The hospitalization burden and post-hospitalization mortality risk in heart failure with preserved ejection fraction: Results from the I-PRESERVE trial (irbesartan in heart failure and preserved ejection fraction)
Carson, P. E, Anand, I. S, Win, S., Rector, T. S, Haass, M., Lopez-Sendon, J., Miller, A., Teerlink, J. R, White, M., McKelvie, R. S, Komajda, M., Zile, M. R, McMurray, J. J & Massie, B. (2015). The hospitalization burden and post-hospitalization mortality risk in heart failure with preserved ejection fraction: Results from the I-PRESERVE trial (irbesartan in heart failure and preserved ejection fraction). JACC: Heart Failure,3(6), 429-441. United States: Elsevier Inc.. Retrieved from https://doi.org/10.1016/j.jchf.2014.12.017
Objectives The aim of this study was to investigate prognosis in patients with heart failure (HF) with preserved ejection fraction and the causes of hospitalization and post-hospitalization mortality. Background Although hospitalizations in patients with HF with preserved ejection fraction are common, there are limited data from clinical trials on the causes of admission and the influence of hospitalizations on subsequent mortality risk. Methods Patients (n = 4,128) with New York Heart Association functional class II to IV HF and left ventricular ejection fractions > 45% were enrolled in I-PRESERVE (Irbesartan in Heart Failure and Preserved Ejection Fraction). A blinded events committee adjudicated cardiovascular hospitalizations and all deaths using predefined and standardized definitions. The risk for death after HF, any-cause, or non-HF hospitalization was assessed using time-dependent Cox proportional hazard models. Results A total of 2,278 patients had 5,863 hospitalizations during the 49 months of follow-up, of which 3,585 (61%) were recurrent hospitalizations. For any-cause hospitalizations, 26.5% of patients died during follow-up, with an incident mortality rate of 11.1 deaths per 100 patient-years (PYs) and an adjusted hazard ratio of 5.32 (95% confidence interval: 4.21 to 6.23). Overall, 53.6% of hospitalizations were classified as cardiovascular and 43.7% as noncardiovascular, with 2.7% not classifiable. HF was the largest single cause of initial (17.6%) and overall (21.1%) hospitalizations, although, after HF hospitalization, a substantially higher proportion of readmissions were due to primary HF causes (40%). HF hospitalization occurred in 685 patients, with 41% deaths during follow-up, an incident mortality rate of 19.3 deaths per 100 PYs. The adjusted hazard ratio was 2.93 (95% confidence interval: 2.40 to 3.57) relative to patients who were not hospitalized for HF and was greater in those with longer durations of hospitalization. There were 1,593 patients with only non-HF hospitalizations, 21% of whom died during follow-up, with an incident mortality rate of 8.7 deaths per 100 PYs and an adjusted hazard ratio of 4.25 (95% confidence interval: 3.27 to 5.32). The risk for death was highest in the first 30 days and declined over time for all hospitalization categories. Patients not hospitalized for HF or for any cause had observed incident mortality rates of 3.8 and 1.3 deaths per 100 PYs, respectively. Conclusions In I-PRESERVE, HFpEF patients hospitalized for any reason, and especially for HF, were at high risk for subsequent death, particularly early. The findings support the need for careful attention in the post-discharge time period including attention to comorbid conditions. Among those hospitalized for HF, the high mortality rate and increased proportion of readmissions due to HF (highest during the first 30 days), suggest that this group would be an appropriate target for investigation of new interventions.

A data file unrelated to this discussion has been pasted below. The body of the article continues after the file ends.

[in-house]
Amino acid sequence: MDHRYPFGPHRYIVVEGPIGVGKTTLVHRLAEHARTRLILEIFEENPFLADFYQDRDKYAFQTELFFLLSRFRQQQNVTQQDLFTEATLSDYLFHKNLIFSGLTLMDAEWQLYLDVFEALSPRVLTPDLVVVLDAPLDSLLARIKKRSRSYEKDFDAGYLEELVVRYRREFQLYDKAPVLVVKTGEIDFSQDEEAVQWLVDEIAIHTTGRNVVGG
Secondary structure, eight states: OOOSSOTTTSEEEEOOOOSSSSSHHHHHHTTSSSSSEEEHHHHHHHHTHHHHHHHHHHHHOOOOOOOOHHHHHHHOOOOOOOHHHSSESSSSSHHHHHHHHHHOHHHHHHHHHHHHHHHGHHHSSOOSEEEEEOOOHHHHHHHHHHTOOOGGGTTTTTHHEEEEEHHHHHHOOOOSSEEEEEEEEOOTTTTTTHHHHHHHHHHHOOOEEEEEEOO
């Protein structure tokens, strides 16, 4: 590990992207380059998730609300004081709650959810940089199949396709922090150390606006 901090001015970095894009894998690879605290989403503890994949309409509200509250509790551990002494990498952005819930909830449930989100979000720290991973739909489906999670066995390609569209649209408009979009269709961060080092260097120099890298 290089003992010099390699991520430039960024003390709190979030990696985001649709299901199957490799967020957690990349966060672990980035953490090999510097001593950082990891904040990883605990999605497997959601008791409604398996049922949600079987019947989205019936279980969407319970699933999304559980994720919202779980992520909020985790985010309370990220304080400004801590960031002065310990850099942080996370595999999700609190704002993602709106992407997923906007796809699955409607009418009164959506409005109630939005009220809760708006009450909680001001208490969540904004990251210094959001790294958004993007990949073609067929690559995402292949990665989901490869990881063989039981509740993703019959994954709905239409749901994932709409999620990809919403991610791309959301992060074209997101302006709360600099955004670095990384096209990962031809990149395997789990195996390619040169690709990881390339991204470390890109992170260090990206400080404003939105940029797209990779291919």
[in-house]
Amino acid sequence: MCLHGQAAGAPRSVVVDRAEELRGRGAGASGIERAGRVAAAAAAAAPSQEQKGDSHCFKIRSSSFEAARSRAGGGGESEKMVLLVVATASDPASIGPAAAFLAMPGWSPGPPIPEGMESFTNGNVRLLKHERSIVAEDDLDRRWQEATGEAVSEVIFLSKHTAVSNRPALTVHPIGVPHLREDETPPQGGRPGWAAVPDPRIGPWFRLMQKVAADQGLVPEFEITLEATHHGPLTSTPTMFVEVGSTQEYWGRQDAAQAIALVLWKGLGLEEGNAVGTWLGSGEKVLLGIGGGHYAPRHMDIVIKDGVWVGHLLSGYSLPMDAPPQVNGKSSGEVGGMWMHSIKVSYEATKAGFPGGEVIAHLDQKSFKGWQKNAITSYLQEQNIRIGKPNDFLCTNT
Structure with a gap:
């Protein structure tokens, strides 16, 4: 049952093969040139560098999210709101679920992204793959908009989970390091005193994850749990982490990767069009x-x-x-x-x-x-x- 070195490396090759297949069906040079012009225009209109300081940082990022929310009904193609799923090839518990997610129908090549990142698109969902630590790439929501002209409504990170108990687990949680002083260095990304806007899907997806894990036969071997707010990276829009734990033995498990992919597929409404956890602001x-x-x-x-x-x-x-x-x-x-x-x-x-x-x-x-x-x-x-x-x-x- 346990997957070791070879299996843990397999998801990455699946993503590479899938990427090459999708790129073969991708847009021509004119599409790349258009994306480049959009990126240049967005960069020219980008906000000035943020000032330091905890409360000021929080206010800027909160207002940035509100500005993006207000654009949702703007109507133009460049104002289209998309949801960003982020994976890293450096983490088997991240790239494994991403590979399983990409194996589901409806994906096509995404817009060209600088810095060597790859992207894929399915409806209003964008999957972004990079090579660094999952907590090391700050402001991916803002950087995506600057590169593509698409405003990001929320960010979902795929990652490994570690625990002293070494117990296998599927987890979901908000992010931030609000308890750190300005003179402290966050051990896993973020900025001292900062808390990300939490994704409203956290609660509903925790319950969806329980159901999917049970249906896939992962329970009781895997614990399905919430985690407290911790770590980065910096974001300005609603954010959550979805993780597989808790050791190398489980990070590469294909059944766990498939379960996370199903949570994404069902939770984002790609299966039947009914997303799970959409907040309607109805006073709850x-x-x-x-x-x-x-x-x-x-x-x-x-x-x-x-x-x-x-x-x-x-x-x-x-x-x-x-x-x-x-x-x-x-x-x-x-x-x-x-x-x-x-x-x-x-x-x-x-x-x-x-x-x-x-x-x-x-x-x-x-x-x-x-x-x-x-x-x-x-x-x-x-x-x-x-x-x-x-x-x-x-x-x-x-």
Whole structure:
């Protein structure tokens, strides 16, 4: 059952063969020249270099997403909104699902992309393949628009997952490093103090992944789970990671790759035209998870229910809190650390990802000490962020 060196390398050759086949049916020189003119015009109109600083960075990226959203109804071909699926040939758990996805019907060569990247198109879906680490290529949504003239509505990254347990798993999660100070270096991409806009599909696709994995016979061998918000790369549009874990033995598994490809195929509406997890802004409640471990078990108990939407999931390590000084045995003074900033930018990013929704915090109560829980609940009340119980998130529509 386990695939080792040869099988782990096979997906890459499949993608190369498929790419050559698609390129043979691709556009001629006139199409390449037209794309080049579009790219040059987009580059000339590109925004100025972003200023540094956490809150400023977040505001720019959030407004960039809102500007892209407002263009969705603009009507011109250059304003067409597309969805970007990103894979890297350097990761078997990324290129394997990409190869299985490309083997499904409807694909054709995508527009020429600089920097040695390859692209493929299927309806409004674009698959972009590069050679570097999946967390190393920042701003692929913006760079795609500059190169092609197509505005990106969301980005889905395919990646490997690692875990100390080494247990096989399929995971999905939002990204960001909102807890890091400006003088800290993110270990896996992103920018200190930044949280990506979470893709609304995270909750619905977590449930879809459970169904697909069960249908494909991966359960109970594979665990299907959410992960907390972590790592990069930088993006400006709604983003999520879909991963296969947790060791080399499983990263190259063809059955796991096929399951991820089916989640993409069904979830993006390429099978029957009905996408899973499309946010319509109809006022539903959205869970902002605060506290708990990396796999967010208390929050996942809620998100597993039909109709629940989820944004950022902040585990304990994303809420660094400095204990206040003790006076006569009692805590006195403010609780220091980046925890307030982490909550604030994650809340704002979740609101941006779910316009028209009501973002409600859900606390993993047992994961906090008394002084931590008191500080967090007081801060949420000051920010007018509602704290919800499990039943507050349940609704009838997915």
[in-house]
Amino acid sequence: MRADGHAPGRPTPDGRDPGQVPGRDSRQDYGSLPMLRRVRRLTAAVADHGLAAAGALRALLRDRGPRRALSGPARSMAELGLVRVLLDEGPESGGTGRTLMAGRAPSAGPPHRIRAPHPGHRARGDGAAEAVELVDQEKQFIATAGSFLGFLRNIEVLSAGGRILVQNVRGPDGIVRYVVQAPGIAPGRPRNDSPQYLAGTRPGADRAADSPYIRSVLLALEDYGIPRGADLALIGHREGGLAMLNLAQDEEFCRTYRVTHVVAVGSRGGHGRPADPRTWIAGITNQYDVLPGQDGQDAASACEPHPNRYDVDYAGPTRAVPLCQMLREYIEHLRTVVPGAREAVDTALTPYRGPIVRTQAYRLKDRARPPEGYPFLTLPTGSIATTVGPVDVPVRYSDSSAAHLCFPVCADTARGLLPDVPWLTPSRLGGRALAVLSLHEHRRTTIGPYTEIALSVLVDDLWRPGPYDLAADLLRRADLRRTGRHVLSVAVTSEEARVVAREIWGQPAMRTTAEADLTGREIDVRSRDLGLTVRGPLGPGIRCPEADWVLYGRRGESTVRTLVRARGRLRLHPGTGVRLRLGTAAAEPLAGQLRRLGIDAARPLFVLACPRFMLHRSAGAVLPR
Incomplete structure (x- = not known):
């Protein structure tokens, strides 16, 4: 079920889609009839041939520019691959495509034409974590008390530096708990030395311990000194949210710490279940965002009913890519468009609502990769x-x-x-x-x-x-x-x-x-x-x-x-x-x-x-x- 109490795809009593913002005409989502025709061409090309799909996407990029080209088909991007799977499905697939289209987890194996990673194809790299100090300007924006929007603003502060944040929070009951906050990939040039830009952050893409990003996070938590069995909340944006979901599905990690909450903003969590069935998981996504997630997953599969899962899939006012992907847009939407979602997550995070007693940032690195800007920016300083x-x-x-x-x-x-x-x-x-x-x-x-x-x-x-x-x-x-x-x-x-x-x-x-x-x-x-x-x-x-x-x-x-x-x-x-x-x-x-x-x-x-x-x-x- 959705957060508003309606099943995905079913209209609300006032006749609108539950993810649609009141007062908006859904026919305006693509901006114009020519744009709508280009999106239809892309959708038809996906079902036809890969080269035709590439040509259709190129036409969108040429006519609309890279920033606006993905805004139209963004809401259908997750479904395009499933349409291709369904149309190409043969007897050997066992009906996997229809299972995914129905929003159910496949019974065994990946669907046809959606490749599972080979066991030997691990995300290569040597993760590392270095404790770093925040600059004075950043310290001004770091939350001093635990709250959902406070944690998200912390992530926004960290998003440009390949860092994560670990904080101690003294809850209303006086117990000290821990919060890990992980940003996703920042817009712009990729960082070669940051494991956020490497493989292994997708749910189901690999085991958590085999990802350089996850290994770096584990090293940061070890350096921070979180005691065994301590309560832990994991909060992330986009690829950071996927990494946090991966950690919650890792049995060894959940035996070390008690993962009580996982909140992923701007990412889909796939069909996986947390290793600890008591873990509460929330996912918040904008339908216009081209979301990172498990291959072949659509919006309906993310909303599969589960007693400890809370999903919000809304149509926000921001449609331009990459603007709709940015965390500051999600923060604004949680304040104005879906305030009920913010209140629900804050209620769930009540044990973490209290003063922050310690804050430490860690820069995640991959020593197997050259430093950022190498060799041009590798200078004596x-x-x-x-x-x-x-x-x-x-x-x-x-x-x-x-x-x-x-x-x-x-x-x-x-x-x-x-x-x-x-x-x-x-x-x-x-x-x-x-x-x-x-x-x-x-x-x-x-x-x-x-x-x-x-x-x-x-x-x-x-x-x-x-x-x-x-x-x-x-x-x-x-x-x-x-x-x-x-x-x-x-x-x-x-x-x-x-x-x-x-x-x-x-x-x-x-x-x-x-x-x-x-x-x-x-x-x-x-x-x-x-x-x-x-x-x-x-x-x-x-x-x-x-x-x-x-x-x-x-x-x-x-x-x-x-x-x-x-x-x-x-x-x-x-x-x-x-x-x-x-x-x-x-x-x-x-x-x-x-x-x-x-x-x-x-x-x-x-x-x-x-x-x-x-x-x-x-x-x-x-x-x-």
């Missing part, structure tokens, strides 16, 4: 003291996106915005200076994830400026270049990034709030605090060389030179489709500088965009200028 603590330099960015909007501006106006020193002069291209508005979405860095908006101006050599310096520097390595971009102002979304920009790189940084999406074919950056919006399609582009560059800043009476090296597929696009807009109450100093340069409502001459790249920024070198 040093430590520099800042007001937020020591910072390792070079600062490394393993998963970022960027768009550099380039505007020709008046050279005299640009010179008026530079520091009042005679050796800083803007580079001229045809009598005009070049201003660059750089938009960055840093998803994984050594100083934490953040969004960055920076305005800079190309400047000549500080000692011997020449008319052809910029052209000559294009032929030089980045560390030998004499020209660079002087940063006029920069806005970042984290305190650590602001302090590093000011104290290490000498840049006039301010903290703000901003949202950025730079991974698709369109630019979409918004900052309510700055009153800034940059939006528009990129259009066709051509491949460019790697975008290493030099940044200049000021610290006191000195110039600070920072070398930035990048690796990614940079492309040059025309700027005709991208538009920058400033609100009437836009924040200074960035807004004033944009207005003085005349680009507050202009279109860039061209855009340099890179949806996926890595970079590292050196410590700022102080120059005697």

Mary MacKillop Institute for Health Research
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